DESCRIPTION OF THE PREFERRED EMBODIMENT With reference to the drawing, the preferred embodiment 10 of the adaptation of our inventive connector assembly is shown in use in a wing prime box 21 which is a major component of an airfoil generally designated 20; I

The airfoil 20,. which of course includes the wing prime box 21, has chordwise and spanwise directions as shown by the legended arrows; and, it 20 also has a plurality of chordwise disposed ribs (not shown) of which the chordwise disposed rib 22, or more accurately the rib cap thereof, is a representative one; and, it 20 further has a surface or skin, such as portion 23 thereof, of suitable covering material which, in turn, has an inner surface, such as portion 23A thereof, and an outer surface, such as portion 23B thereof.

Our inventive connector assembly, as incorporated in the preferred embodiment 10 and in the formation of airfoil 20, comprises: a plurality of similar ridges (i.e., knobs), such as representative ones 24A, 24B, and 24C, which are disposed spanwise in, preferably, equally spaced relationship on the inner surface 23A of the airfoil 20; a plurality of similar flanges (i.e., surface stiffeners), such as representative ones 25A and 253, with one of each of the flanges, such as representative one 25A, interposed between every two adjacent ridges, such as 24A and 24B for flange 25A and 24B and 24C for flange 25B, and with the flanges disposed spanwise in, preferably, equally spaced relationship on the inner surface 23A of the skin 23 of the airfoil 20; a plurality of similar clips, such as representative ones 26A, 26B, 26C, and 26D, that are so configurated (e.g., trihedral angle-like and are so dimensioned that each clip, such as 26A, fits snugly (i.e., can be wedged) between one ridge, such as 24A, and an adjacent flange, such as 25A, and abuts with a chordwise disposed rib or rib cap, such as 22; and, means, such as representative fasteners 27A, 27B, 27C, 28A, 28B, and 28C, for attaching any of the plurality of similar trihedral anglelike configurated clips, such as representative ones 26A and 26B, to a chordwise disposed rib or rib cap, such as 22.

MANNER OF OPERATION OF THE PREFERRED EMBODIMENT The structure of, and manner of operation of, our unique connector assembly, as adapted for use in forming an airfoil, is self-evident and is very easily understood from the herein contained description of the preferred embodiment 10, coupled with reference to the drawing.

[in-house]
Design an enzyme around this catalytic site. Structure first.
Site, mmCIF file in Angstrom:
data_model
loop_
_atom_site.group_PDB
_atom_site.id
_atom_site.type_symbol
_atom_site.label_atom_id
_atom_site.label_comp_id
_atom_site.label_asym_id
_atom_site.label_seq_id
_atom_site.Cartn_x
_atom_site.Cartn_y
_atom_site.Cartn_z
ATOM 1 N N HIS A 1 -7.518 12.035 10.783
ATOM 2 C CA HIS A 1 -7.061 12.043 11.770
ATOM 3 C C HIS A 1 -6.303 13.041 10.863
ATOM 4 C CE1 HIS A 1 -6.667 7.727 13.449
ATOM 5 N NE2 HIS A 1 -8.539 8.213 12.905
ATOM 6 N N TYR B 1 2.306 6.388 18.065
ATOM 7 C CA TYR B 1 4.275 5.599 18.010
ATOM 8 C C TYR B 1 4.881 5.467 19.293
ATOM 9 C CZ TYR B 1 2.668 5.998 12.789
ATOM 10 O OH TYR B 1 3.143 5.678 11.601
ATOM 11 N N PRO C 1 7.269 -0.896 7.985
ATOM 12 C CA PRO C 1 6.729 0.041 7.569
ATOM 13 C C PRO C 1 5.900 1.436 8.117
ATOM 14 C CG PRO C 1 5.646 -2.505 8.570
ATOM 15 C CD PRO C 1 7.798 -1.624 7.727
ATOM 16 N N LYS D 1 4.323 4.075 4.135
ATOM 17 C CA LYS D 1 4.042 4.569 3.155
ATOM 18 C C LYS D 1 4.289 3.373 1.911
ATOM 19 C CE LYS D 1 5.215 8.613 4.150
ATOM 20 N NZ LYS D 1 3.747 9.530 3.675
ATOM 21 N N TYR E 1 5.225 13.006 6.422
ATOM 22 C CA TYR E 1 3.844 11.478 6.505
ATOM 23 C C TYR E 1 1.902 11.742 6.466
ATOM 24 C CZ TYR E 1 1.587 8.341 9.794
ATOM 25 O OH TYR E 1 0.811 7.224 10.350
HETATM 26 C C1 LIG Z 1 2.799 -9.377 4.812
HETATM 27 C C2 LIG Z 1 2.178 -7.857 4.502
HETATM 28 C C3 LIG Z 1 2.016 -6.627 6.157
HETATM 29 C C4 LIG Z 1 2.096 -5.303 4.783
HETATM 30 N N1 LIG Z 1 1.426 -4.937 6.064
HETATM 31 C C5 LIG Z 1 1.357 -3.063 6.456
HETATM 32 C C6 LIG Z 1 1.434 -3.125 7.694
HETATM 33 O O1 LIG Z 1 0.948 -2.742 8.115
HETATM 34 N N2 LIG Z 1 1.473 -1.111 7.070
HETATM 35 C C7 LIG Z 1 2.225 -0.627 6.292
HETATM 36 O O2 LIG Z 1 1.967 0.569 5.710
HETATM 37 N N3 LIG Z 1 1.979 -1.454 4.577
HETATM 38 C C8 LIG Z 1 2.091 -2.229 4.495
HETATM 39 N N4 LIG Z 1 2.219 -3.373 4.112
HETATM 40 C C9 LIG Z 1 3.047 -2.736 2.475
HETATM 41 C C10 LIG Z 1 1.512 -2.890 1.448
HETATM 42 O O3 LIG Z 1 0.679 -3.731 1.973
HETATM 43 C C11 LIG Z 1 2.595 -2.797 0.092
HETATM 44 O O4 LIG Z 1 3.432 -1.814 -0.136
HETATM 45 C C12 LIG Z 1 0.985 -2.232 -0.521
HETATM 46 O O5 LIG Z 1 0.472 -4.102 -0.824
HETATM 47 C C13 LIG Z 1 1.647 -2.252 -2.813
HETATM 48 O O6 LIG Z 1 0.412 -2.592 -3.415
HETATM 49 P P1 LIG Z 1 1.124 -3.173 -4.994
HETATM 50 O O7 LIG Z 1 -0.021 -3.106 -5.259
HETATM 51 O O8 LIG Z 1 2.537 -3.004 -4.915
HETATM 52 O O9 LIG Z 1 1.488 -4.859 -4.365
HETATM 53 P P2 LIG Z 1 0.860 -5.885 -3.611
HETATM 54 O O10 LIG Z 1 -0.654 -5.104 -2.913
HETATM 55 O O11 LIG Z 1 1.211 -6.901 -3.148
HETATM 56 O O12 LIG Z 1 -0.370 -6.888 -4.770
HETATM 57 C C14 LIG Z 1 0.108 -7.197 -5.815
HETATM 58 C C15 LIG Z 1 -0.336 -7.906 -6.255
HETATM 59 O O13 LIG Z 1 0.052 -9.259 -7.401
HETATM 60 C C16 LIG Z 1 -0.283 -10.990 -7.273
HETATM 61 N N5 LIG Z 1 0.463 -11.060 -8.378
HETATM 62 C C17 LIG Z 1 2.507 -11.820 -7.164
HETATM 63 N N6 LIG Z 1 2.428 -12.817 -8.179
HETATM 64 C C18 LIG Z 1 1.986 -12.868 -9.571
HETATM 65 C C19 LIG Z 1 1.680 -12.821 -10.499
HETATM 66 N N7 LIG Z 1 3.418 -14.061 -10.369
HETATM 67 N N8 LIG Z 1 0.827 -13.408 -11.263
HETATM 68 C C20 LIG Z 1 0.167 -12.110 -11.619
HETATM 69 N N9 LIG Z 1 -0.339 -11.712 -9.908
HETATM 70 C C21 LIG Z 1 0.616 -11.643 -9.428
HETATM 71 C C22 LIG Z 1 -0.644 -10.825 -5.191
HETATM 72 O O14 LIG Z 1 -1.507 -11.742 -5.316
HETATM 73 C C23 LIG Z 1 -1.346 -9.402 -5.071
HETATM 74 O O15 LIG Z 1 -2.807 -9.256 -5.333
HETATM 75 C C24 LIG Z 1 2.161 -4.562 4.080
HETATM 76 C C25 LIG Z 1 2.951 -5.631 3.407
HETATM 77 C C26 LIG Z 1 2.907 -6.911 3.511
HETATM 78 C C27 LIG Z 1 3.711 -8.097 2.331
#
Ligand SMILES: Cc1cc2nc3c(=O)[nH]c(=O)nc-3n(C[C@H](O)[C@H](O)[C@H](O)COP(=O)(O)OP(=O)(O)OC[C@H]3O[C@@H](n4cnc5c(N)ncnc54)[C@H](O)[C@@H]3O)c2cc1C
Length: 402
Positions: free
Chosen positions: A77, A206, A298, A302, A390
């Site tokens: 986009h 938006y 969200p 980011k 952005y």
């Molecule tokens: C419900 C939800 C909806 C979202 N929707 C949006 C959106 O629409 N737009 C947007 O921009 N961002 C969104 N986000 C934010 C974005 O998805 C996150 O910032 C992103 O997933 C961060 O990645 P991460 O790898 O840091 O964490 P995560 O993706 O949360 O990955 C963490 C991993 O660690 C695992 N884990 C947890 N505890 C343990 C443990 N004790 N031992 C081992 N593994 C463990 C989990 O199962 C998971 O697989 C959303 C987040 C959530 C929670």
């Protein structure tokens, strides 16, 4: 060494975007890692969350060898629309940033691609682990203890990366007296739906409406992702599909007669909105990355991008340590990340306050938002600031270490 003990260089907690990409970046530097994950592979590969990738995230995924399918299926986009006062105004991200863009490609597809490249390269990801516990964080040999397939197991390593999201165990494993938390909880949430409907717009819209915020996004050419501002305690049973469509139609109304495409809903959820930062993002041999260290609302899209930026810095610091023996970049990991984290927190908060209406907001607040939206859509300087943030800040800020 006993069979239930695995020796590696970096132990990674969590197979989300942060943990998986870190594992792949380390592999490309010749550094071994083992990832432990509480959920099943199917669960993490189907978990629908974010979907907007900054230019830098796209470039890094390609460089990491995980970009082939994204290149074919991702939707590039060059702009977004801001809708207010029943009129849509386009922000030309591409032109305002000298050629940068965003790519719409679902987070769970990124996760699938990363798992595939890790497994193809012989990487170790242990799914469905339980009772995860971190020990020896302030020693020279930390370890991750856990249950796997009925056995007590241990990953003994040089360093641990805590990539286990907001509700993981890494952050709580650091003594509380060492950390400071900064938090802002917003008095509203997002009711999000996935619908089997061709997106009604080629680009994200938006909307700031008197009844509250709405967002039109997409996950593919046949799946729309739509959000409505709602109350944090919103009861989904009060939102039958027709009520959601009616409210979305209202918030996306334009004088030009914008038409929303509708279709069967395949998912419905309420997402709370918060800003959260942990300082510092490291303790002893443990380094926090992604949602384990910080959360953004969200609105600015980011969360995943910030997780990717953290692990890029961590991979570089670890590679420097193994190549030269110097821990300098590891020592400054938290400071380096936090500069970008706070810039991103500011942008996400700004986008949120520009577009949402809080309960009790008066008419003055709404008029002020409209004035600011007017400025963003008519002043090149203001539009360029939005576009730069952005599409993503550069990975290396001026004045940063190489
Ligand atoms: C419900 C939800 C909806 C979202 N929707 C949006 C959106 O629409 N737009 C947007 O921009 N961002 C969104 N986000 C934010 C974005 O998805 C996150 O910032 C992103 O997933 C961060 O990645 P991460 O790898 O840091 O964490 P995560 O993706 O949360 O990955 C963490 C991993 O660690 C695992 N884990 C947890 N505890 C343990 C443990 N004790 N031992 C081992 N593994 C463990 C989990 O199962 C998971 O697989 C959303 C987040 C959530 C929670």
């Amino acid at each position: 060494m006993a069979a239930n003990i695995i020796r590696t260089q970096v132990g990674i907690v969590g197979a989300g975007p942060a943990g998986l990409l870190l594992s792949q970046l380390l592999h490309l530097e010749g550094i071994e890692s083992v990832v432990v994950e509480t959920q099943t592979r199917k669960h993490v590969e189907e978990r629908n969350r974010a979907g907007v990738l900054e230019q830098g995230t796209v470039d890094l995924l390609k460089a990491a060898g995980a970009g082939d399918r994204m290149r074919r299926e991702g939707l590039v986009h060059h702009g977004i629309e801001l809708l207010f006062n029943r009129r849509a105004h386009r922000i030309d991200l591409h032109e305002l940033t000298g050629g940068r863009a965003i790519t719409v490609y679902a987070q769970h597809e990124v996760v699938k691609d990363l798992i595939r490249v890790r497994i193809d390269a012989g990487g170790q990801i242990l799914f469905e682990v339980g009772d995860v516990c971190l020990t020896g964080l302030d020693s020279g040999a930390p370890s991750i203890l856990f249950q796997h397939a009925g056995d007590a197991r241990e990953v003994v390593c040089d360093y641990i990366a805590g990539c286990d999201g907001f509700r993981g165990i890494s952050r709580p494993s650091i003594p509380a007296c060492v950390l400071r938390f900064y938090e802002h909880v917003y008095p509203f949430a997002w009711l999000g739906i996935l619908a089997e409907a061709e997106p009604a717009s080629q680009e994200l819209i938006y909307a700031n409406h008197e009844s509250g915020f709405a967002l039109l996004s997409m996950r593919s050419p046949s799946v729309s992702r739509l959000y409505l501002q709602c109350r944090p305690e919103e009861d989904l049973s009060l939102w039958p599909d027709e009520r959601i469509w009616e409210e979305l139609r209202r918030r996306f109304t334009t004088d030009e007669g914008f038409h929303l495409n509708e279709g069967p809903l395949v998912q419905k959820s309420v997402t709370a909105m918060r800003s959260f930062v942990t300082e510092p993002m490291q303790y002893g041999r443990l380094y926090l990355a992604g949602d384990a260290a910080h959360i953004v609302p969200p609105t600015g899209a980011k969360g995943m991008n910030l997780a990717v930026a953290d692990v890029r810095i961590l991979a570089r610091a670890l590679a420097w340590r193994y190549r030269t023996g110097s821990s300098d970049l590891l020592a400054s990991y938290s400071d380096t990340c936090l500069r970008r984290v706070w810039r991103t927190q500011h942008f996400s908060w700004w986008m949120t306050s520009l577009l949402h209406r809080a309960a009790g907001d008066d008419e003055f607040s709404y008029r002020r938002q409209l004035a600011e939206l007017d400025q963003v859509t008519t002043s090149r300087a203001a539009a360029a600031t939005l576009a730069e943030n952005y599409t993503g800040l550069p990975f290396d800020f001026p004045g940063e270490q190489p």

Suffice it to say that even a cursory examination of the drawing incontestably establishes that our connector assembly eliminates the use of, and need for, any fasteners to accomplish the joining of the skin covering material 23 of the airfoil 20 to the rib or rib cap 22.

CONCLUSION It is abundantly clear from all of the foregoing, and from the drawing herein, that the stated and desired principal object of our invention has been attained. In addition, related desirable objects also have been achieved.

It is to be noted that, although there have been described the fundamental and unique features of my invention as applied to a particular preferred embodiment, various other embodiments, substitutions, additions, omissions, adaptations, and the like, will occur to, and can be made by, those of ordinary skill in the,

- face and an outer surface, comprising:

a. a plurality of similar ridges disposed spanwise-in equally spaced relationship on the inner surface of the skin of the airfoil;

b. a plurality of similar flanges, with one of each of said pluralitynof flanges interposed between every two adjacent ridges of said plurality of ridges, and 1 with said flanges disposed spanwise in equally spaced relationship on the innersurface of the skin of the airfoil;

c. a plurality of similar clips that are trihedralanglelike configurated and are so dimensioned that each clip fits snugly between one ridge and an adjacent flange, and abuts witha chordwise disposed rib;

d. and, fasteners for attaching any of the said plurality of similar clips to a chordwise disposed, rib.

Patent Citations
Cited PatentFiling datePublication dateApplicantTitle
US2230393 *Mar 29, 1937Feb 4, 1941John B ThomsonAirplane structural element
US2393081 *Jun 28, 1943Jan 15, 1946Budd Edward G Mfg CoJoint construction
US2441858 *Feb 25, 1944May 18, 1948Budd CoMethod of making fabricated structures
US2458686 *Jan 31, 1942Jan 11, 1949North American Aviation IncExtruded shape
US3185267 *Jul 26, 1952May 25, 1965John PavleckaInterlocked panel structure
Referenced by
Citing PatentFiling datePublication dateApplicantTitle
US5893534 *Dec 22, 1995Apr 13, 1999The Boeing CompanyStructural apparatus and design to prevent oil can movement of webs in aircraft pressure bulkheads
US5924650 *Dec 31, 1996Jul 20, 1999Northrop Grumman CorporationMethod and system for fastening aircraft assemblies
US5944286 *Apr 24, 1997Aug 31, 1999British Aerospace Public Limited CompanyJoint assemblies
US6386481Jan 8, 2001May 14, 2002Patria Finavicomp OyArrangement for fastening stringers to aircraft wing ribs
US7037568Jul 15, 2003May 2, 2006Rogers Terry WJoining member for mechanically joining a skin to a supporting rib
US7635106 *Nov 30, 2006Dec 22, 2009The Boeing CompanyComposite shear tie
US8186622 *Mar 21, 2007May 29, 2012Airbus Operations LimitedAircraft component
US8353479 *Nov 13, 2008Jan 15, 2013Airbus Operations GmbhArrangement of two fuselage sections of an aircraft and a connecting structure for connecting fuselage skins
US8398024 *Jul 5, 2007Mar 19, 2013Airbus Operations LimitedWing cover panel assembly and wing cover panel for an aircraft wing and a method of forming thereof
US20110001010 *Nov 13, 2008Jan 6, 2011Airbus Operations GmbhArrangement of two fuselage sections of an aircraft and a connecting structure for connecting fuselage skins
WO2008067460A2 *Nov 29, 2007Jun 5, 2008Boeing CoComposite shear tie
Classifications
U.S. Classification244/132, 52/489.1, 244/123.1
International ClassificationB64C3/26, B64C3/00
Cooperative ClassificationB64C3/26
European ClassificationB64C3/26